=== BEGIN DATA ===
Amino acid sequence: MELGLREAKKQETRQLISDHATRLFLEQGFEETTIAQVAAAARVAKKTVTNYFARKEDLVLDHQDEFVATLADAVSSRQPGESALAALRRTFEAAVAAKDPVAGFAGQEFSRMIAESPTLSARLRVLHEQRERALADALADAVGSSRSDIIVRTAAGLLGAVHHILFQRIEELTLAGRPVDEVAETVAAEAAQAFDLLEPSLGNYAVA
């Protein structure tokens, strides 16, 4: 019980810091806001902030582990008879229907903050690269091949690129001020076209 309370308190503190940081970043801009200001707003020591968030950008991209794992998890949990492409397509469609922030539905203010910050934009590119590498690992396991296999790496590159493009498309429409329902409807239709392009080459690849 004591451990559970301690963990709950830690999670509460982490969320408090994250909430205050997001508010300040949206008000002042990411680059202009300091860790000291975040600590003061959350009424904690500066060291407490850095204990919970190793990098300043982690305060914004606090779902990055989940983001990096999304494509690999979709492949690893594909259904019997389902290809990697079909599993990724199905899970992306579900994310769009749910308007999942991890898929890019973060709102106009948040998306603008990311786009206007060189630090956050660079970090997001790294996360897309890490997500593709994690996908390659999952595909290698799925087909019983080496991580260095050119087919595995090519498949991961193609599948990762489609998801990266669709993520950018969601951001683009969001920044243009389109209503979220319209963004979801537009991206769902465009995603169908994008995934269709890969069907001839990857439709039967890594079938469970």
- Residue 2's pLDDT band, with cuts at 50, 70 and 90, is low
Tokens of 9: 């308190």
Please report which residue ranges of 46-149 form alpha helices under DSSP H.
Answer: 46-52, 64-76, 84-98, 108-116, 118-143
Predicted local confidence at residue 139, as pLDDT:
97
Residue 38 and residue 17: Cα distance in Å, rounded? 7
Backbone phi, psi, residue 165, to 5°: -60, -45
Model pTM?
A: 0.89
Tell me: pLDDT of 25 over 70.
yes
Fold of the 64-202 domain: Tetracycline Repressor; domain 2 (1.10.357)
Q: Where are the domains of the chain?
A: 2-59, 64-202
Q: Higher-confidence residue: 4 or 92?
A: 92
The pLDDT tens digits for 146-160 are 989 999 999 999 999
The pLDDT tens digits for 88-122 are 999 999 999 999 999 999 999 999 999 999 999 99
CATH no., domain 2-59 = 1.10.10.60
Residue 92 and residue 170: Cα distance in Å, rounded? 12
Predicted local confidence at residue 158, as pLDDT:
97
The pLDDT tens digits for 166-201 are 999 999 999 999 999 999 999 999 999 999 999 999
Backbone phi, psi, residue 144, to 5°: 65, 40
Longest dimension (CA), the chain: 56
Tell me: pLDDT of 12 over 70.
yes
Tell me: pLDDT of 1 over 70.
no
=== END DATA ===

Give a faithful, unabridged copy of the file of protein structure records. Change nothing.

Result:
Amino acid sequence: MELGLREAKKQETRQLISDHATRLFLEQGFEETTIAQVAAAARVAKKTVTNYFARKEDLVLDHQDEFVATLADAVSSRQPGESALAALRRTFEAAVAAKDPVAGFAGQEFSRMIAESPTLSARLRVLHEQRERALADALADAVGSSRSDIIVRTAAGLLGAVHHILFQRIEELTLAGRPVDEVAETVAAEAAQAFDLLEPSLGNYAVA
């Protein structure tokens, strides 16, 4: 019980810091806001902030582990008879229907903050690269091949690129001020076209 309370308190503190940081970043801009200001707003020591968030950008991209794992998890949990492409397509469609922030539905203010910050934009590119590498690992396991296999790496590159493009498309429409329902409807239709392009080459690849 004591451990559970301690963990709950830690999670509460982490969320408090994250909430205050997001508010300040949206008000002042990411680059202009300091860790000291975040600590003061959350009424904690500066060291407490850095204990919970190793990098300043982690305060914004606090779902990055989940983001990096999304494509690999979709492949690893594909259904019997389902290809990697079909599993990724199905899970992306579900994310769009749910308007999942991890898929890019973060709102106009948040998306603008990311786009206007060189630090956050660079970090997001790294996360897309890490997500593709994690996908390659999952595909290698799925087909019983080496991580260095050119087919595995090519498949991961193609599948990762489609998801990266669709993520950018969601951001683009969001920044243009389109209503979220319209963004979801537009991206769902465009995603169908994008995934269709890969069907001839990857439709039967890594079938469970």
- Residue 2's pLDDT band, with cuts at 50, 70 and 90, is low
Tokens of 9: 């308190």
Please report which residue ranges of 46-149 form alpha helices under DSSP H.
Answer: 46-52, 64-76, 84-98, 108-116, 118-143
Predicted local confidence at residue 139, as pLDDT:
97
Residue 38 and residue 17: Cα distance in Å, rounded? 7
Backbone phi, psi, residue 165, to 5°: -60, -45
Model pTM?
A: 0.89
Tell me: pLDDT of 25 over 70.
yes
Fold of the 64-202 domain: Tetracycline Repressor; domain 2 (1.10.357)
Q: Where are the domains of the chain?
A: 2-59, 64-202
Q: Higher-confidence residue: 4 or 92?
A: 92
The pLDDT tens digits for 146-160 are 989 999 999 999 999
The pLDDT tens digits for 88-122 are 999 999 999 999 999 999 999 999 999 999 999 99
CATH no., domain 2-59 = 1.10.10.60
Residue 92 and residue 170: Cα distance in Å, rounded? 12
Predicted local confidence at residue 158, as pLDDT:
97
The pLDDT tens digits for 166-201 are 999 999 999 999 999 999 999 999 999 999 999 999
Backbone phi, psi, residue 144, to 5°: 65, 40
Longest dimension (CA), the chain: 56
Tell me: pLDDT of 12 over 70.
yes
Tell me: pLDDT of 1 over 70.
no